Third Point tells United Technologies that it opposes Raytheon merger
By Svea Herbst-Bayliss BOSTON (Reuters) - Billionaire investor Daniel Loeb said on Friday that his hedge fund Third Point LLC will vote against the planned merger of United Technologies Corp and Raytheon Co, saying there is no 'strategic rationale for this transaction.' 'We have concluded that the proposed combination of United Technologies and Raytheon is ill-conceived and unlikely to create value for UTC shareholders,' Loeb wrote in a letter to the board of directors at United Technologies.
By Svea Herbst-Bayliss
BOSTON (Reuters) - Billionaire investor Daniel Loeb said on Friday that his hedge fund Third Point LLC will vote against the planned merger of United Technologies Corp and Raytheon Co, saying there is no "strategic rationale for this transaction."
"We have concluded that the proposed combination of United Technologies and Raytheon is ill-conceived and unlikely to create value for UTC shareholders," Loeb wrote in a letter to the board of directors at United Technologies. Reuters saw a copy of the letter.
Loeb sent his letter three weeks after United Technologies announced a $120 billion merger with defense contractor Raytheon, making for one of the largest aero-defense deals ever.
Loeb criticizes management for turning back on plans to sharpen its focus and accountability by breaking itself into three businesses; aerospace, Otis elevators and Carrier air conditioners.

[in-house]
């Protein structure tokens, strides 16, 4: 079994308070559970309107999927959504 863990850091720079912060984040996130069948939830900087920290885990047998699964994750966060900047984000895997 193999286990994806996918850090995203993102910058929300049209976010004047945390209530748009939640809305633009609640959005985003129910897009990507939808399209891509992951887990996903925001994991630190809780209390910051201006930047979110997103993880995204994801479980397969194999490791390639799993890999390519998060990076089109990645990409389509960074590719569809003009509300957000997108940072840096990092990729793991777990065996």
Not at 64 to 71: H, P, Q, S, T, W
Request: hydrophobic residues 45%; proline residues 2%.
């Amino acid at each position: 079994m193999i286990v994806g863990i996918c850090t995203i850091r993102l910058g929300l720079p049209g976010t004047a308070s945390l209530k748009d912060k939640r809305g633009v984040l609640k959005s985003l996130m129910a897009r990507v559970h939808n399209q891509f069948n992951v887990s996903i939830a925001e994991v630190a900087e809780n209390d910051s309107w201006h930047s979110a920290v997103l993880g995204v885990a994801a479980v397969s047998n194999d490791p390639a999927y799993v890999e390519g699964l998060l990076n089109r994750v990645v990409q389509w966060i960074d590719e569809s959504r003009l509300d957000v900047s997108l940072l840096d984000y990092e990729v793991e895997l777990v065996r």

Neither United Technologies nor Raytheon was immediately available to comment.
Calling the planned merger a "baffling change in UTC’s strategy," Loeb wrote "the rationale for the breakup was to increase focus and accountability. This transaction represents a clear reversal."
Loeb is now the second powerful Wall Street investor to oppose the deal after rival hedge fund manager William Ackman wrote to United Technologies to complain even before the deal was publicly announced.
Both Loeb and Ackman, widely respected as powerful activist investors, pushed last year for the company to sharpen its focus and supported the planned split into three businesses.
Neither Loeb, whose firm owns 0.75 percent of the company, nor Ackman, whose Pershing Square Capital Management holds a 0.67 percent, would have the shares to single-handedly derail the deal. But both men said they are confident that other investors are similarly outraged and will also oppose it.
Both men accused United Technologies CEO Greg Hayes of trying to extend his reach with Loeb writing on Friday that a "sweetheart employment agreement" for Hayes would "entrench him for another half a decade ultimately as both CEO and Chairman of the Board!"
Bloomberg first reported that Loeb sent the letter to United Technologies.
United Technologies' deal with Raytheon faces regulatory hurdles. The U.S. Defense Department and big customers like Boeing Co, Lockheed Martin Corp and Northrop Grumman Corp will have a lot of clout in the antitrust review, and may worry about over-reliance on one company for a big suite of products.
(Reporting by Svea Herbst-Bayliss, with additional reporting by Rachit Vats; Editing by Chizu Nomiyama and Susan Thomas)
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